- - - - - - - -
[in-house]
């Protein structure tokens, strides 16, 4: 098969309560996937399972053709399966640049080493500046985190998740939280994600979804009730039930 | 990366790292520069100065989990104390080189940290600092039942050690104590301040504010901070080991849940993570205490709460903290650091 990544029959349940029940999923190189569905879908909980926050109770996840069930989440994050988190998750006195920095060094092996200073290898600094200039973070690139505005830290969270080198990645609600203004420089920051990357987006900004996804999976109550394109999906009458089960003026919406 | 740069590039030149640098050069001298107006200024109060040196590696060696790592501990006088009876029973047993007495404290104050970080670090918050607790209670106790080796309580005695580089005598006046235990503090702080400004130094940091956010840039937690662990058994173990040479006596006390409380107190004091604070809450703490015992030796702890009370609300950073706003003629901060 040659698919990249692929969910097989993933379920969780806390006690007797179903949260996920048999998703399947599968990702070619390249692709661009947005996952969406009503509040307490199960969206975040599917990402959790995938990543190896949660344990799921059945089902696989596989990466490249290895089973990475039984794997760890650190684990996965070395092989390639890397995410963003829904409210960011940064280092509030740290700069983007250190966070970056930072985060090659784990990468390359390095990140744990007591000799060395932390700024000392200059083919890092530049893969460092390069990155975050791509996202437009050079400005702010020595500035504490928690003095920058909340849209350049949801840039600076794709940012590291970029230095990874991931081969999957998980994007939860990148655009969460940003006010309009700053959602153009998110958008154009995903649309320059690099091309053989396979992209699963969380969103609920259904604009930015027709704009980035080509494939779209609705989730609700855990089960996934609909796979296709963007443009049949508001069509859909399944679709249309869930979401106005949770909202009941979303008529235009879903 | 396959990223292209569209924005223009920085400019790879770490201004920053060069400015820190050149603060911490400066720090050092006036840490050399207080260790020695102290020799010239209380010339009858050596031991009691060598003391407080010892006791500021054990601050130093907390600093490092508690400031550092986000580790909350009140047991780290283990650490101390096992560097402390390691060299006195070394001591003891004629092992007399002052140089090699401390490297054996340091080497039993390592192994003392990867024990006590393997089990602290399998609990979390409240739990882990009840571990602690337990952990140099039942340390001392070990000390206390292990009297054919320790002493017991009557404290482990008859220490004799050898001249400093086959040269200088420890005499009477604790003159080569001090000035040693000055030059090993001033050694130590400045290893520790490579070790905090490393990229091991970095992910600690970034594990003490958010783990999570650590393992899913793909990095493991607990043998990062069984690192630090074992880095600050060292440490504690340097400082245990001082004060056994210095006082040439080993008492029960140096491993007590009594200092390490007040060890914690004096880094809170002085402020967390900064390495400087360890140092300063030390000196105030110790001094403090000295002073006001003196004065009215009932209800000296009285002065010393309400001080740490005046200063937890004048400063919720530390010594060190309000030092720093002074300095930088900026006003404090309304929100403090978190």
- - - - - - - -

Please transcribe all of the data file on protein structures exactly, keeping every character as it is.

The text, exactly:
[in-house]
């Protein structure tokens, strides 16, 4: 098969309560996937399972053709399966640049080493500046985190998740939280994600979804009730039930 | 990366790292520069100065989990104390080189940290600092039942050690104590301040504010901070080991849940993570205490709460903290650091 990544029959349940029940999923190189569905879908909980926050109770996840069930989440994050988190998750006195920095060094092996200073290898600094200039973070690139505005830290969270080198990645609600203004420089920051990357987006900004996804999976109550394109999906009458089960003026919406 | 740069590039030149640098050069001298107006200024109060040196590696060696790592501990006088009876029973047993007495404290104050970080670090918050607790209670106790080796309580005695580089005598006046235990503090702080400004130094940091956010840039937690662990058994173990040479006596006390409380107190004091604070809450703490015992030796702890009370609300950073706003003629901060 040659698919990249692929969910097989993933379920969780806390006690007797179903949260996920048999998703399947599968990702070619390249692709661009947005996952969406009503509040307490199960969206975040599917990402959790995938990543190896949660344990799921059945089902696989596989990466490249290895089973990475039984794997760890650190684990996965070395092989390639890397995410963003829904409210960011940064280092509030740290700069983007250190966070970056930072985060090659784990990468390359390095990140744990007591000799060395932390700024000392200059083919890092530049893969460092390069990155975050791509996202437009050079400005702010020595500035504490928690003095920058909340849209350049949801840039600076794709940012590291970029230095990874991931081969999957998980994007939860990148655009969460940003006010309009700053959602153009998110958008154009995903649309320059690099091309053989396979992209699963969380969103609920259904604009930015027709704009980035080509494939779209609705989730609700855990089960996934609909796979296709963007443009049949508001069509859909399944679709249309869930979401106005949770909202009941979303008529235009879903 | 396959990223292209569209924005223009920085400019790879770490201004920053060069400015820190050149603060911490400066720090050092006036840490050399207080260790020695102290020799010239209380010339009858050596031991009691060598003391407080010892006791500021054990601050130093907390600093490092508690400031550092986000580790909350009140047991780290283990650490101390096992560097402390390691060299006195070394001591003891004629092992007399002052140089090699401390490297054996340091080497039993390592192994003392990867024990006590393997089990602290399998609990979390409240739990882990009840571990602690337990952990140099039942340390001392070990000390206390292990009297054919320790002493017991009557404290482990008859220490004799050898001249400093086959040269200088420890005499009477604790003159080569001090000035040693000055030059090993001033050694130590400045290893520790490579070790905090490393990229091991970095992910600690970034594990003490958010783990999570650590393992899913793909990095493991607990043998990062069984690192630090074992880095600050060292440490504690340097400082245990001082004060056994210095006082040439080993008492029960140096491993007590009594200092390490007040060890914690004096880094809170002085402020967390900064390495400087360890140092300063030390000196105030110790001094403090000295002073006001003196004065009215009932209800000296009285002065010393309400001080740490005046200063937890004048400063919720530390010594060190309000030092720093002074300095930088900026006003404090309304929100403090978190």